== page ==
Apr. 20, 2012
The Associated Press
BATON ROUGE — Louisiana's elections, agriculture and utility regulators say the governor's retirement proposals could drive some of their most qualified staffers from their employment rolls.
And those losses, Secretary of State Tom Schedler and Agriculture Commissioner Mike Strain today told the Senate Finance Committee, could worsen problems at their agencies, where they face budget cuts they say could shutter museums, force layoffs and reduce firefighting capability and agriculture inspections.
The committee is combing through Gov. Bobby Jindal's $25.5 billion budget proposal for the fiscal year that begins July 1. It includes cuts across the departments run by statewide elected officials and assumes major retirement changes that would lessen benefits for rank-and-file state workers and charge them more for their pensions.
Schedler said he expects to lose five of his key elections officials if the Jindal retirement legislation passes because they will want to leave before the changes take effect. They'd leave as Louisiana is preparing for the presidential and congressional elections Nov. 6, the secretary of state noted. "I'd leave too, quite frankly, but it's a very scary position for me."
Combined with early retirements and jobs slashed from his department in past rounds of budget cuts, Schedler said he doesn't have a list of trained employees to take the place of the women who develop the ballots and run elections throughout the state. "These people leave, I have no one to replace them. Could I fill it with people who understand that job and who could fix a voting machine? No."
Strain said the Agriculture and Forestry Department has more than 200 people eligible to retire, and his agency estimates 75 to 150 will if the governor's retirement package passes.
He said those experience losses would hit his agency as it could be shrinking its firefighting force, shutting down its meat inspection program and eliminating inspectors and lab analysts if lawmakers back the current budget cuts proposed by Jindal.
Employee retirements would increase the agencies' pension costs and could add termination pay costs to their expenses, while department chiefs also would be looking to fill some of their top management jobs.
One retirement proposal would increase the amount state workers pay toward their retirement to 11 percent of their salary, up from 8 percent. Another would require employees to work longer to get their full retirement benefits, to as much as 67 years old, depending on their current age and how many years they've been in the system.
Other measures would make it much tougher for retirement systems to pass cost-of-living adjustments for retirees and would calculate the monthly retirement payment on an employee's top five years of salary instead of three years.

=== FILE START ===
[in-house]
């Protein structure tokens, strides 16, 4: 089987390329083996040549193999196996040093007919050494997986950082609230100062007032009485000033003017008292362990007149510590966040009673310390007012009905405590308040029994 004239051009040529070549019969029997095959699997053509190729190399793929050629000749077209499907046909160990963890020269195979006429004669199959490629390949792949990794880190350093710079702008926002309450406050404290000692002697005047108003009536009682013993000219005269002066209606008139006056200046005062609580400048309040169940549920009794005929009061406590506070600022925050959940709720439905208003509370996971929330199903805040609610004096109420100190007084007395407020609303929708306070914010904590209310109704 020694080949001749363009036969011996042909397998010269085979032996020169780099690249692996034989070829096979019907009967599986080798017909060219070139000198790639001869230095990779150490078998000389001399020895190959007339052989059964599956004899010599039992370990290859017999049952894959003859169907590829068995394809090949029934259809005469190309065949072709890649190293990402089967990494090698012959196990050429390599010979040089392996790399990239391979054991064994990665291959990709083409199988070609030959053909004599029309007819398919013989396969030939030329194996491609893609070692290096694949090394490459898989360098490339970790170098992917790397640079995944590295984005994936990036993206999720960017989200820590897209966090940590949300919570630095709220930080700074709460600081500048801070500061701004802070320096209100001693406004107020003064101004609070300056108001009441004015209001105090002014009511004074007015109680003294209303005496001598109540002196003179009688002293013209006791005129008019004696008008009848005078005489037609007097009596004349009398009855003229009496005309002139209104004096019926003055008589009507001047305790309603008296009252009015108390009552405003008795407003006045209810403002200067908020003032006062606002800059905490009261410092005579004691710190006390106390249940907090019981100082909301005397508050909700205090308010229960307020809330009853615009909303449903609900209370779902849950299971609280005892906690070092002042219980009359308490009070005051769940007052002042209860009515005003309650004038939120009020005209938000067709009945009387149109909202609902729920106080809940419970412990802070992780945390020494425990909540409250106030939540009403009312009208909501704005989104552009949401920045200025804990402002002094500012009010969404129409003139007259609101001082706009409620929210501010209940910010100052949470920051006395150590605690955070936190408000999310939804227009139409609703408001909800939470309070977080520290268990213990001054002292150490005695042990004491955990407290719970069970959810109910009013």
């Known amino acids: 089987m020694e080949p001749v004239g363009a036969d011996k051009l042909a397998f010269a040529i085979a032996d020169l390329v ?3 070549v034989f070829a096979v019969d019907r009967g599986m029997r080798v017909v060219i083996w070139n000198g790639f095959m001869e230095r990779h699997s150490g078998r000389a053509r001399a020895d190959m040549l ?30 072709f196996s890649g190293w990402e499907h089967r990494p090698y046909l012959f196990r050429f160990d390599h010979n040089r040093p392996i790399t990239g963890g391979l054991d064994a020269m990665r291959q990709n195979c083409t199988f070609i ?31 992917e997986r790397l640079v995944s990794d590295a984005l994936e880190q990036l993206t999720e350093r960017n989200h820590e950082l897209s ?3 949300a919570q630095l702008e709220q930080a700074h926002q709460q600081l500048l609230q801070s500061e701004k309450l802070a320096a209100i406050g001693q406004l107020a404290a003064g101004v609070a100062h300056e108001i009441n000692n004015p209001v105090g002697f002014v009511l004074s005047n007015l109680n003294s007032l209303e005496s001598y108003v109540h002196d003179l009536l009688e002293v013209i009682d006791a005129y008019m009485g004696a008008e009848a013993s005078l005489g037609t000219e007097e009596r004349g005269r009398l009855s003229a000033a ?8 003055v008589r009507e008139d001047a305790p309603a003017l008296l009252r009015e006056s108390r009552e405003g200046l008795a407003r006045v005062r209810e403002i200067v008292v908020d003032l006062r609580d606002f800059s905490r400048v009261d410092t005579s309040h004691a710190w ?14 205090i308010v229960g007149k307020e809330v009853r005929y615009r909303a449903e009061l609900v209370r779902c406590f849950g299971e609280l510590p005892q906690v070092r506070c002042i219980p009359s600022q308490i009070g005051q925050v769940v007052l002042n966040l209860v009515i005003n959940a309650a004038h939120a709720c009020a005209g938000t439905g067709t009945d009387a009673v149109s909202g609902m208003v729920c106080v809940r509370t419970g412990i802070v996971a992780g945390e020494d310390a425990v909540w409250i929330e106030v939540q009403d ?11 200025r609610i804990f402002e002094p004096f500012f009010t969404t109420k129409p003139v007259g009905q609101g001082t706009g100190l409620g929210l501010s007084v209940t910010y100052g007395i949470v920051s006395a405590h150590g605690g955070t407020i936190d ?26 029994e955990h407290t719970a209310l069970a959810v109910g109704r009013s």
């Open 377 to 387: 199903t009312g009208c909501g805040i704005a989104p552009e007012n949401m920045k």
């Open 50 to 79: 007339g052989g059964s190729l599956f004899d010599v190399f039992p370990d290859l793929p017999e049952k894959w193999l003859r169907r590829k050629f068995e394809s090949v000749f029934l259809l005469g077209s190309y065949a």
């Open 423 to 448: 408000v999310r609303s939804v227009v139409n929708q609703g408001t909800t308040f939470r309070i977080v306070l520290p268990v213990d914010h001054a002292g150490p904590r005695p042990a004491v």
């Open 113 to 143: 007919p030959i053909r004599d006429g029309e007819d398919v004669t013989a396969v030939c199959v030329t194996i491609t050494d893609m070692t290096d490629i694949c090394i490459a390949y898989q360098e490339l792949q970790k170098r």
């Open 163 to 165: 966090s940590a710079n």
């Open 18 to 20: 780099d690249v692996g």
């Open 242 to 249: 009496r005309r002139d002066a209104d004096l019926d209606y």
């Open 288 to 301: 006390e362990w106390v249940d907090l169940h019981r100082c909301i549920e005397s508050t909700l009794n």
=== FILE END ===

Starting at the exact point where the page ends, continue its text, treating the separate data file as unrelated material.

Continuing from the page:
Jindal has described the bills as a way to rein in costs of pension programs that are more than $18 billion short of the funding they'll need to pay for all the benefits promised. He said the current system is unsustainable, threatens to eat into taxpayer dollars needed for other state services and jeopardizes the ability to provide pensions to employees.
After Schedler's testimony, Sen. Dan Claitor, R-Baton Rouge, began asking office chiefs how many people they estimate would retire if the retirement changes are enacted.
Assistant Attorney General Renee Free said 68 state Justice Department employees — about 14 percent of the agency's work force and more than half of its upper management staff — are expected to retire if lawmakers approve the pension changes.
The state Insurance Department estimates about 10 percent of its staff would leave their jobs. And the Louisiana Public Service Commission, which regulates state utilities, said as many as 20 people there likely would retire, about 20 percent of its work force.
"A number of these are department heads with a lot of institutional knowledge," said Eve Gonzalez, the commission's executive secretary. "It takes a lot of time to understand it and start working it. It's a pretty long learning curve."
Gonzalez said Jindal's budget recommendations also assume savings that won't be reached since the governor's retirement bills have been tweaked. If the savings aren't hit and the budget stays as proposed, she said, the Public Service Commission would have to lay off another nine workers on top of any of those lost to retirements.
Lawmakers aren't expected to craft a final version of the 2012-13 budget until the final days of the legislative session, which must end June 4.